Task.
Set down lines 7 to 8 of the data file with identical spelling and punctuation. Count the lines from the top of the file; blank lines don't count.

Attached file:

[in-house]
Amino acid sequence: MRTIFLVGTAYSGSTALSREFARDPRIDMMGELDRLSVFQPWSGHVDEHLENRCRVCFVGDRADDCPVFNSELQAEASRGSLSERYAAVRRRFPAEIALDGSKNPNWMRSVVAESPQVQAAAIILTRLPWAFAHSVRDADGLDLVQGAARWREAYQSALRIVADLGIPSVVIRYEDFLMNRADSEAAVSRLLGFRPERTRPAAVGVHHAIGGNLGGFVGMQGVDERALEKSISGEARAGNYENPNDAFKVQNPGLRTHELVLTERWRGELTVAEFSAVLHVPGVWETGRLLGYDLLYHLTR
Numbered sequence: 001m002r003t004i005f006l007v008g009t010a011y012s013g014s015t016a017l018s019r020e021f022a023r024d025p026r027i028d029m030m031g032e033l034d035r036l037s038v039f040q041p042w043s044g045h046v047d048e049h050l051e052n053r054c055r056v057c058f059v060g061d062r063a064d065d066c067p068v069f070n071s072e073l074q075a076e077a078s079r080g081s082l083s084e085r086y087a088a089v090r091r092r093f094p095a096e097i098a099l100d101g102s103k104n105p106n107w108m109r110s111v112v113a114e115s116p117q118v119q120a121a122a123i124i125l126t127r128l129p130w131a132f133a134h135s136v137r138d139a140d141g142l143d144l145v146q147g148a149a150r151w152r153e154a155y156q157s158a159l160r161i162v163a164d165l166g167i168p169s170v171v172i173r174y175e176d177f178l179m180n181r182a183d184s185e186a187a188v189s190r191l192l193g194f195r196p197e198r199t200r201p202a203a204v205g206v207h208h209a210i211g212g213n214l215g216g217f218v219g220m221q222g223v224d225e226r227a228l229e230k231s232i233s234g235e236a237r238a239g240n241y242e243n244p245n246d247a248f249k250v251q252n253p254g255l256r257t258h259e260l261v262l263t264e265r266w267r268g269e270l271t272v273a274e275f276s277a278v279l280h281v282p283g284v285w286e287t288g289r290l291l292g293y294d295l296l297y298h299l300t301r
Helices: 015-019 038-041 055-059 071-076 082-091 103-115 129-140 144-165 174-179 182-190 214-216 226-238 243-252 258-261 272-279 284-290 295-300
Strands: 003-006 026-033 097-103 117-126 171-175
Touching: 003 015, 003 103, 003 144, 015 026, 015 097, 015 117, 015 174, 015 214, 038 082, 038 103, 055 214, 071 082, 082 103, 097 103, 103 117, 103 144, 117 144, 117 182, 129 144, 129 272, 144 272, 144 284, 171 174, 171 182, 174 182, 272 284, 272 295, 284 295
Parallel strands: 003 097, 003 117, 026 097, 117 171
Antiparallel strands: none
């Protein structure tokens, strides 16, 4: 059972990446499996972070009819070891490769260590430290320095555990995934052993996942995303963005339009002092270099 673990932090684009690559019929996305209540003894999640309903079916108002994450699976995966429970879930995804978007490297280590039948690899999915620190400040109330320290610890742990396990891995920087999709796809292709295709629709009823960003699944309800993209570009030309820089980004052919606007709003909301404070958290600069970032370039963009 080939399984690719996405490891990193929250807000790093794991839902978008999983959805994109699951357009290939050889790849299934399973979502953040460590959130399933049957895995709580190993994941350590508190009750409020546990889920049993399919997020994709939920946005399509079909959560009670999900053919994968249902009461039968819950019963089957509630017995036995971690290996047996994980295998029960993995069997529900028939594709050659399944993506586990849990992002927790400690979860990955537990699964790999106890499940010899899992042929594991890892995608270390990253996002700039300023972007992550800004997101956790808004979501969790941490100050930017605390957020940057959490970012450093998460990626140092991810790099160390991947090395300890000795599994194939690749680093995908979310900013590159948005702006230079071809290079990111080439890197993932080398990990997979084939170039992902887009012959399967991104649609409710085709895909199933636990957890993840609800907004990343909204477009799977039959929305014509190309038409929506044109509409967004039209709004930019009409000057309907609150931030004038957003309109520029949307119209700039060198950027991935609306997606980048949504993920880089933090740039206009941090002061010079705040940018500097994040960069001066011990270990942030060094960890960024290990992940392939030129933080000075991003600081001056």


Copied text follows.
Parallel strands: 003 097, 003 117, 026 097, 117 171
Antiparallel strands: none